Drought

Residents adjusting to Santa Barbara lawn watering ban

City: Ban will help avoid water shortage in summer

Lawn watering ban takes effect

SANTA BARBARA, Calif. - The city of Santa Barbara's lawn watering ban took effect on New Year's Day, the move comes as central California enters a sixth year of drought.

City Council adopted the regulation on Dec. 6. The city says the ban will help avoid a water shortage this summer. 

Traditionally, the city's supply comes from Lake Cachuma, which now stands at 7.7 percent of capacity, and from the Gibraltar Reservoir, which is empty. 

The city's ban on watering lawns won't have much of an impact on the Guillermo family, although they are fully behind it.

"I think it's a good idea right now. In fact, in our neighborhood, several lawns have been replaced with drought tolerant plants or artificial lawns," Fred Guillermo said. "I think most people are starting to buy into it, that this is pretty serious."

The Guillermo family put in artificial grass five years ago when the drought was starting to take hold. They took conservation a step further, collecting bath and shower water to water their indoor and outdoor plants.

"Any of our water that we try to collect in buckets, even thought it's trouble, we try to water plants and trees," Genny Guillermo said. "They don't need much, but we want to preserve some of our greenness in our neighborhoods and towns."

Santa Barbara residents reduced their water use by 35 percent in the last year. With the new ban that number is expected to reach 40 percent.

City officials say that number will be enough to help avoid water shortages in the peak summer months.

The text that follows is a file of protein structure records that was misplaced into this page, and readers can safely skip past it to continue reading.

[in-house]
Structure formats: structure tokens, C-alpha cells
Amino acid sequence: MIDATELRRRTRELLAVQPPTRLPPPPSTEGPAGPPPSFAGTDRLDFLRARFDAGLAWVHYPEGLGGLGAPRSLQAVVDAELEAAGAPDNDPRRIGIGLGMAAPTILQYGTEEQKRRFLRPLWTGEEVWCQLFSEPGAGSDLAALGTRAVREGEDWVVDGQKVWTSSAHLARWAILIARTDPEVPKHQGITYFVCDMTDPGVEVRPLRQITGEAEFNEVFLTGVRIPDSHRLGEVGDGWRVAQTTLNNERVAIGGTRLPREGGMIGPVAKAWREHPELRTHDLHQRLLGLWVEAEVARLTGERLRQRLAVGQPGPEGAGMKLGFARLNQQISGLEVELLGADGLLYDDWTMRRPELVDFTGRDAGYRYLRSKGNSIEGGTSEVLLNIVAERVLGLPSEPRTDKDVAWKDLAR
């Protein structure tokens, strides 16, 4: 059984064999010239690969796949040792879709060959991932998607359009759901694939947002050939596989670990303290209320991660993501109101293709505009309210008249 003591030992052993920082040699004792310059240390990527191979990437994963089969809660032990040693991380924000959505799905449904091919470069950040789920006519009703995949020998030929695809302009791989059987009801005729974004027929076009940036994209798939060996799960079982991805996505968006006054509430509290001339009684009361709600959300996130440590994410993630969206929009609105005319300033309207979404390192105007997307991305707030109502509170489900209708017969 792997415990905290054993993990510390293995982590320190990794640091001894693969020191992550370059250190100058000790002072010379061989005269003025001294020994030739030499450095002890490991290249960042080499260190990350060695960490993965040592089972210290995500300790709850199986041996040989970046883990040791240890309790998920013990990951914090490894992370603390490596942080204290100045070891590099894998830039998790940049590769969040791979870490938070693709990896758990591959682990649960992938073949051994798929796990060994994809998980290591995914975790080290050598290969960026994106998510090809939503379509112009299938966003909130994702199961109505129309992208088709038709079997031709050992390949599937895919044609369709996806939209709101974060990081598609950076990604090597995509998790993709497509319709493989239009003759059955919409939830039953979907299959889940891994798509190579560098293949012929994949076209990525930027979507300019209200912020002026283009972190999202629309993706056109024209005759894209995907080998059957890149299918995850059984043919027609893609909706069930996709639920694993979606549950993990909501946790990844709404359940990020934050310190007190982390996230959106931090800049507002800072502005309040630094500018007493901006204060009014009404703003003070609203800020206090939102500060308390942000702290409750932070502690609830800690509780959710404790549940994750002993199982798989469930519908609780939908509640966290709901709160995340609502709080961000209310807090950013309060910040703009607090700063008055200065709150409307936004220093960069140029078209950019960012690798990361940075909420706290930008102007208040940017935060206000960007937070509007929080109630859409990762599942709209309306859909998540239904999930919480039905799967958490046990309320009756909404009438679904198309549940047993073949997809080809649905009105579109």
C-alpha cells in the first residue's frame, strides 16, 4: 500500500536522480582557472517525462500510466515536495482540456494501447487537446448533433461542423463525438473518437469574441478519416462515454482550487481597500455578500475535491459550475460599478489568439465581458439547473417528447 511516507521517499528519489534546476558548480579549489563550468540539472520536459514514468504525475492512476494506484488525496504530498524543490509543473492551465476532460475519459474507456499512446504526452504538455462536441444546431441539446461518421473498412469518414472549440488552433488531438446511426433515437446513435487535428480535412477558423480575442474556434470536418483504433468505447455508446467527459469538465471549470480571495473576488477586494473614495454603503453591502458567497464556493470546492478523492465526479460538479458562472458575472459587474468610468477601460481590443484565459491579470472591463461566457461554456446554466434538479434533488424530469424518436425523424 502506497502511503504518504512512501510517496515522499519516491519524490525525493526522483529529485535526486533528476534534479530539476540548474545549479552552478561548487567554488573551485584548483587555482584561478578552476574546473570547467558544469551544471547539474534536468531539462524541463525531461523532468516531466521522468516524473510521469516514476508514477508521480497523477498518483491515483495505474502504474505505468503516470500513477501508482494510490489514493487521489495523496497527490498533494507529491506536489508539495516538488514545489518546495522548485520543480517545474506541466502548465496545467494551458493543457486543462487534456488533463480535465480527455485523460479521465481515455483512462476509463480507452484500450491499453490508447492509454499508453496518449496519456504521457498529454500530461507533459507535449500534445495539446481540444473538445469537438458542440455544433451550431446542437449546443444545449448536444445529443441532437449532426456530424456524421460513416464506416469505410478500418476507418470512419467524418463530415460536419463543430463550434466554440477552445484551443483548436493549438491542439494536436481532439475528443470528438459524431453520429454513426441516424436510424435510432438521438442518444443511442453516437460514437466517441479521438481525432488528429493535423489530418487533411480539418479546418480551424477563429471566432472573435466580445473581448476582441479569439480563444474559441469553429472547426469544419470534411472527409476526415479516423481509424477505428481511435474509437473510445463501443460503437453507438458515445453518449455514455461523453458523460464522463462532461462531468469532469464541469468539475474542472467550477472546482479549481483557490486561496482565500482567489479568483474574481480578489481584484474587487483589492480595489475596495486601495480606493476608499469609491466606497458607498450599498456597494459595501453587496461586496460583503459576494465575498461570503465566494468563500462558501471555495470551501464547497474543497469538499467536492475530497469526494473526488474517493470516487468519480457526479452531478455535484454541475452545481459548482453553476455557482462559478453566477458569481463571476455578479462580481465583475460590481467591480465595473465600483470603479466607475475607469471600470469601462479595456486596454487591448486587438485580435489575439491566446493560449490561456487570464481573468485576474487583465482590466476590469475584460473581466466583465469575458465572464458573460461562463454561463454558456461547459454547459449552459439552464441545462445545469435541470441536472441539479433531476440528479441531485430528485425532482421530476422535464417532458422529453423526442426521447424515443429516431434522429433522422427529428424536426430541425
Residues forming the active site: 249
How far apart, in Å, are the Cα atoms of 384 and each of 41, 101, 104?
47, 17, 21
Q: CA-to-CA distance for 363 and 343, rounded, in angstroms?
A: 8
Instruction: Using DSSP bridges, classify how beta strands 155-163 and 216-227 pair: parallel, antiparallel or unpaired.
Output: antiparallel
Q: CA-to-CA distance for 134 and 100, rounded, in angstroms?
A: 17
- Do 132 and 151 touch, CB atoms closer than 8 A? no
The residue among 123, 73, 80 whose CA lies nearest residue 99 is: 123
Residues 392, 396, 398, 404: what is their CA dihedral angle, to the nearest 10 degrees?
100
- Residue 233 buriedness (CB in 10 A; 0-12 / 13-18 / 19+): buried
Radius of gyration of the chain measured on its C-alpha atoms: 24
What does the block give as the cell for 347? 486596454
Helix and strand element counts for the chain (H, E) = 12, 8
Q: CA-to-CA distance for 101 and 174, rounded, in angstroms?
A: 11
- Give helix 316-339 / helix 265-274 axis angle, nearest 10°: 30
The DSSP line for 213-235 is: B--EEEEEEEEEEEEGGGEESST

The Guillermo's say they will continue to save as much of the precious resource as they can.

"We have to be more community-minded, even global thinking," Genny Guillermo said."Some countries can't have even safe, clean water, so lets value ours."

It's still unclear how the city will enforce the ban.

The ban is limited to lawn watering but there are some exceptions to the ruling.

Exceptions include:

  • Recycled water sites.
  • Open spaces and parks on publicly owned and operated lands.
  • Areas of active recreation at schools and state-licensed child care facilities.
  • Golf course putting greens and tee boxes.

Certified water wise turfgrasses and lawn areas directly related to business activities, such as ceremonial event spaces, will need to submit an exemption application and are subject to compliance with water conservation targets.

The city says the focus on lawns allows for critical water savings and prioritizes outdoor water use to preserve high value landscaping such as trees and shrubs. 

Specific tree watering information, signs of drought stress in trees, watering FAQs and more can be found here.


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